Social dominance hierarchies are a consequence of reproductive competition within multiqueen societies (there is sometimes also competition among workers) (14). These hierarchies, initially established by physical aggression, are maintained over extended time periods (up to a year). The effect on individual longevity of individual social rank or within-group intensity of social competition can thus be addressed. As in vertebrates, social rank seems to be correlated with hormone titers in social insects (67) and tied to reproductive output (14), but these correlations can be overcome experimentally (68). It is therefore possible to decouple social rank and reproduction and study their effects on aging separately. Good candidates for these kinds of studies would be Ponerine ants (49), in which workers have retained, over evolutionary times, full reproductive capacity. After queen death, social dominance among workers determines who assumes the reproductive role in a given colony, and in some species queens do not exist at all.

Another special opportunity to study reproductive effects on longevity is provided by species in which some workers reproduce, such as the Cape honeybee (Apis mellifera capensis). Its reproductive workers have been compared to cancer cells on the basis of their proliferation propensity (69), and it would be interesting to know whether this analogy can be extended to their aging pattern as well. Likewise, in other races of honeybees and in many wasp and ant species, workers start to become reproductively active when kept without a queen (70), and it would be interesting to decipher the effect of reproduction on their aging pattern. The longevity consequences of facultative reproduction of workers have not yet been experimentally addressed. Honeybee workers from queenless colonies are believed to be long-lived (71). However, it is unclear whether this is due to low brood numbers or to their own reproductive activity.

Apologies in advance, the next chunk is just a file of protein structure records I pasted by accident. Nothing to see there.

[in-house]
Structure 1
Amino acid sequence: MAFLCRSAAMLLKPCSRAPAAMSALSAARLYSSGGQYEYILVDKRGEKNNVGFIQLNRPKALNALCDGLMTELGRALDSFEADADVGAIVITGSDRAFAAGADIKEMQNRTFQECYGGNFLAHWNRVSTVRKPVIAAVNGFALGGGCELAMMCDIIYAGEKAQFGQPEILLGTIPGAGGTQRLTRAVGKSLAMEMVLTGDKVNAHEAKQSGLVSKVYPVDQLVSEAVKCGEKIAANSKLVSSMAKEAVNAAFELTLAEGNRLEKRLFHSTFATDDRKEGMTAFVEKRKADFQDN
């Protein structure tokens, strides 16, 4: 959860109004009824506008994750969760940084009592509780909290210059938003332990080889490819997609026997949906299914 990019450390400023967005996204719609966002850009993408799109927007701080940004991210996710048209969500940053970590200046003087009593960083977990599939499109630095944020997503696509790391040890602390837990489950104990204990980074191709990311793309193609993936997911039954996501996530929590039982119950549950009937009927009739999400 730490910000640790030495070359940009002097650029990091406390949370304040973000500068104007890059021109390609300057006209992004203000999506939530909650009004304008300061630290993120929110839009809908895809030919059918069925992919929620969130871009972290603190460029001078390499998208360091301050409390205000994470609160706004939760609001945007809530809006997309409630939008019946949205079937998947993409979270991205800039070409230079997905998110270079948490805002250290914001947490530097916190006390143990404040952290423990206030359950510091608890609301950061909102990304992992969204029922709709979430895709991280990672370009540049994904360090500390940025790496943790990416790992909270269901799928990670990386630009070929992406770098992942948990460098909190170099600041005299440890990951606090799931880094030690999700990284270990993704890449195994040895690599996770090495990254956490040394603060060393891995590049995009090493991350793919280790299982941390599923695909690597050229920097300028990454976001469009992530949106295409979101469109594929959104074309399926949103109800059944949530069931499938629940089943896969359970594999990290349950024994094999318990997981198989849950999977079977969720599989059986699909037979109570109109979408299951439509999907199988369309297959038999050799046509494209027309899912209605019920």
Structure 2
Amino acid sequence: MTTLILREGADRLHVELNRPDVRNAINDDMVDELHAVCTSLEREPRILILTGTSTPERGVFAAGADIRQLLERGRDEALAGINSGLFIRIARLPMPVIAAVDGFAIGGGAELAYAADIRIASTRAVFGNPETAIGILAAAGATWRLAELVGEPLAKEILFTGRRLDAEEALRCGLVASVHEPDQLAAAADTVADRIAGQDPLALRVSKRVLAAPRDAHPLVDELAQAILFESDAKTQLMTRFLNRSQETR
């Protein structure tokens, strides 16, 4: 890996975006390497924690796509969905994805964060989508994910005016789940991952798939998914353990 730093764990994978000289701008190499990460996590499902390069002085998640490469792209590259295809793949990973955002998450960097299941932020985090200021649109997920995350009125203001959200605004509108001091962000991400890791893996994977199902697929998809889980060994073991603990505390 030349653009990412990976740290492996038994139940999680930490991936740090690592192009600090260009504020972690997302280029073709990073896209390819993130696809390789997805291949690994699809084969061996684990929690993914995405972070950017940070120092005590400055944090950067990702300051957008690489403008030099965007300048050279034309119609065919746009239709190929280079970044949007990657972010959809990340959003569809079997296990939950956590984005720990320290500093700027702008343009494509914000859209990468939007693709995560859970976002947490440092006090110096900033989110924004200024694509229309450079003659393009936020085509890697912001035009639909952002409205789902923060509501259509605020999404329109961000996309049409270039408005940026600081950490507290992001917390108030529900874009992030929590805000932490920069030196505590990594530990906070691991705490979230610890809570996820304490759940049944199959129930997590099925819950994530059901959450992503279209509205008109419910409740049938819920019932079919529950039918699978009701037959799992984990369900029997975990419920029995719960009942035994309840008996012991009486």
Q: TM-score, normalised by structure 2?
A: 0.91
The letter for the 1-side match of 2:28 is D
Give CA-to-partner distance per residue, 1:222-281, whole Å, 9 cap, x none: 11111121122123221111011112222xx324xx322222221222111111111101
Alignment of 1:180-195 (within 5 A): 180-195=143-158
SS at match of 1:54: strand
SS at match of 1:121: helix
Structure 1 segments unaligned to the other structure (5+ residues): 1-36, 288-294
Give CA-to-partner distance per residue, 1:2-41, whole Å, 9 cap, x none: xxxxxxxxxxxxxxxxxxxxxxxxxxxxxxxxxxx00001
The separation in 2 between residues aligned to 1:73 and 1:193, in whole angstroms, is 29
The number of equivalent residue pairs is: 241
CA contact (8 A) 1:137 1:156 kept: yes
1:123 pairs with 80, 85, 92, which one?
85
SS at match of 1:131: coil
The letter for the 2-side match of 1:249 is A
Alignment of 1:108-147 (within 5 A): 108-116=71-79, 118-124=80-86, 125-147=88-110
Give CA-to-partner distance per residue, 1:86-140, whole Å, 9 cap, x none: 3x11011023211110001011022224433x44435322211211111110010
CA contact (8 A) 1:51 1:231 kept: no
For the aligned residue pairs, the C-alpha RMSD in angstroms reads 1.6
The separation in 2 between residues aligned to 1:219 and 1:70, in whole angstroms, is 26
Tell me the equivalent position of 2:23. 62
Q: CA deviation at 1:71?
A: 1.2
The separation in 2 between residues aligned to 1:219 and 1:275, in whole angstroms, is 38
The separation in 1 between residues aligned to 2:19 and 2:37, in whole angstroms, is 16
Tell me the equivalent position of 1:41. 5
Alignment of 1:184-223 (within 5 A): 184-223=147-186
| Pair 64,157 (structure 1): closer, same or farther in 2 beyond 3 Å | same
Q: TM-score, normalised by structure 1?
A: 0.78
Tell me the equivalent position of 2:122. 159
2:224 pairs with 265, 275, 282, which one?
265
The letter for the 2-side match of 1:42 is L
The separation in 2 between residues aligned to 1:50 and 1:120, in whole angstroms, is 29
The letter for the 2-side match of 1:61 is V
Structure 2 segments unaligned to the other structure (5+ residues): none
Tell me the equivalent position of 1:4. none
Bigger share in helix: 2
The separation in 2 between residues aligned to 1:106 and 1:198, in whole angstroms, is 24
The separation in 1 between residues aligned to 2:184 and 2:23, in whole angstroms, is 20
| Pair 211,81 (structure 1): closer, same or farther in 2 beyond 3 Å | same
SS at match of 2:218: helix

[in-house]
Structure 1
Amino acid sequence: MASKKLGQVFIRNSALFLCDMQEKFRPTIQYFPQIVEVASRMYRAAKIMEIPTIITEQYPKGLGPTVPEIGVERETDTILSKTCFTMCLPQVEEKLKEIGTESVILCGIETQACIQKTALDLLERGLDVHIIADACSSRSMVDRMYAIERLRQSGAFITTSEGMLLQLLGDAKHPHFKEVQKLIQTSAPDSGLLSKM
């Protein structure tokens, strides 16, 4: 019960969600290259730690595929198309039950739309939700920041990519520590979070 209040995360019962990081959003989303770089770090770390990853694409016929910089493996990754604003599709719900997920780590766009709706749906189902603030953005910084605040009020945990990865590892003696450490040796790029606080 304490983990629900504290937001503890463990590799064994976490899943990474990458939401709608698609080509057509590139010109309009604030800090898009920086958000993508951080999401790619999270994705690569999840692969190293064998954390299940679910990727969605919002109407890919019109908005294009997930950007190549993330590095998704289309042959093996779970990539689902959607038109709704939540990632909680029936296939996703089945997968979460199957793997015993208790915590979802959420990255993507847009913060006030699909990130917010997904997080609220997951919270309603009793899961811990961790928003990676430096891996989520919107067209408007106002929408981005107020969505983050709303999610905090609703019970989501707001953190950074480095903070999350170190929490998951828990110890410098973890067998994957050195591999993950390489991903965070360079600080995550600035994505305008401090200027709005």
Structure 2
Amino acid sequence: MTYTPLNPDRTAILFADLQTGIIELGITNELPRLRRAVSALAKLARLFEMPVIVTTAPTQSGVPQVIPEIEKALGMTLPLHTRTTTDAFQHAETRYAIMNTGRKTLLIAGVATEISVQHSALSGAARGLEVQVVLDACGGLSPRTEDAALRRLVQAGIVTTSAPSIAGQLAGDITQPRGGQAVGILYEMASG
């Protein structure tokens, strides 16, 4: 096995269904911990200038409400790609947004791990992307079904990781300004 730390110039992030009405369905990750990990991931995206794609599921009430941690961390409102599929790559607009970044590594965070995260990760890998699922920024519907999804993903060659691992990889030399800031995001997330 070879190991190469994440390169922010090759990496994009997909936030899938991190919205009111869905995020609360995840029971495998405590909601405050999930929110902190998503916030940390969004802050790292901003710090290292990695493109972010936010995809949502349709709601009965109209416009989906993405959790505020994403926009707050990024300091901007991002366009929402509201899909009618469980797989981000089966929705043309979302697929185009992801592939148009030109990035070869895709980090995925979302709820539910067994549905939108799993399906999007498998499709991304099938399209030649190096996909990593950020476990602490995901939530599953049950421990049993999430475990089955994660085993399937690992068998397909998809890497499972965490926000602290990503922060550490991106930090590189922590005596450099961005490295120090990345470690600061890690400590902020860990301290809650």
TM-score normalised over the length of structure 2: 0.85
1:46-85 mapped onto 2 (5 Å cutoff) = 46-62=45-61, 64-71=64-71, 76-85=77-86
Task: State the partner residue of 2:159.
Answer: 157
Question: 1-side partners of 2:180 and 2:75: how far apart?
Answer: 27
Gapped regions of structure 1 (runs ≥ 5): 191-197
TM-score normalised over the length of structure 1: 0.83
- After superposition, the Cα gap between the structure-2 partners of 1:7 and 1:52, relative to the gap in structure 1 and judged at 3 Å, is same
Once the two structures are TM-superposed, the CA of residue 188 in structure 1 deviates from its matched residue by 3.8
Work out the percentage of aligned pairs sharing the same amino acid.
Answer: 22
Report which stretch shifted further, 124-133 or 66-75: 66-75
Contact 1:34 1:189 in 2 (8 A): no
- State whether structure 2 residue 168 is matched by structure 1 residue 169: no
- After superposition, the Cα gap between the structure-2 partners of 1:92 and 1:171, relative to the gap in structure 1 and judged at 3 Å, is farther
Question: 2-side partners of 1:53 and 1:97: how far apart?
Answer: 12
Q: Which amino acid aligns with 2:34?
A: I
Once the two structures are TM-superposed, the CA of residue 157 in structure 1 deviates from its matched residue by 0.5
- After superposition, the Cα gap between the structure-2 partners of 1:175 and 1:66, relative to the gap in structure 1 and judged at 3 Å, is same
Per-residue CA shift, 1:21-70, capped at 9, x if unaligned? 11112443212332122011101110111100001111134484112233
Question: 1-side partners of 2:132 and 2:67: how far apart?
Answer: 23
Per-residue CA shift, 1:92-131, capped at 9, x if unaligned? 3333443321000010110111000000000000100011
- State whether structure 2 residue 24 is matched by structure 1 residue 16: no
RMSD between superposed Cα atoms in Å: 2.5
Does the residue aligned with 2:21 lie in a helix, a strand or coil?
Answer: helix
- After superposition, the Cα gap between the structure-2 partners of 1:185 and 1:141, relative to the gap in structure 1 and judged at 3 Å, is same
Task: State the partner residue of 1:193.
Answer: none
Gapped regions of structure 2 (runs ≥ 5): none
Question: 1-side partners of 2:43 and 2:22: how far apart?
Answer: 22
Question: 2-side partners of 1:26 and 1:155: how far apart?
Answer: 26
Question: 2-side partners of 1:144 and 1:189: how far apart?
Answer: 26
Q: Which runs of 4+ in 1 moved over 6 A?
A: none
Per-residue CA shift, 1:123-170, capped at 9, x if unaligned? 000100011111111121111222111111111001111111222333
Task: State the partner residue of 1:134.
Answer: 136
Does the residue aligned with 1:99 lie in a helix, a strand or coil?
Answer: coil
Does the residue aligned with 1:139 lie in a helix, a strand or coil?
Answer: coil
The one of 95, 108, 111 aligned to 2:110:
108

The variety of lifestyles and ecological specialization has led to the evolution of physically distinct worker castes in many ant species (16). Different worker castes specialize in different tasks within the colony, but they also differ in body size, often allometrically (that is, a disproportionate growth of some body parts leads to changes in absolute size and in size relative to other body parts). Although one simple comparison between castes has already produced interesting results (12), the full potential of research on physical castes has not yet been explored. Allometric growth may prove to be particularly interesting, because the link between the relative size of different organ systems or relative tissue mass may be related to life span. On the other hand, morphologically homologous castes, such as seed millers and soldiers in the ant genus Pheidole (72), have very different tasks with distinct extrinsic mortality risks that should select for dissimilar aging patterns. Likewise, the repletes of honeypot ants, a caste that serves as living food receptacles (16), are expected to reach much older ages than other workers, purely due to their societal role, presumably without a genetic component. Numerous ant species exist with extreme intraspecific size variation (up to 500-fold) (16) that is often related to behavioral differentiation. Experimentally, it is possible to gain insight into the (separate) effects of behavioral and morphological parameters (for example, size) on aging within species, independent of factors that confound comparative analyses among different species.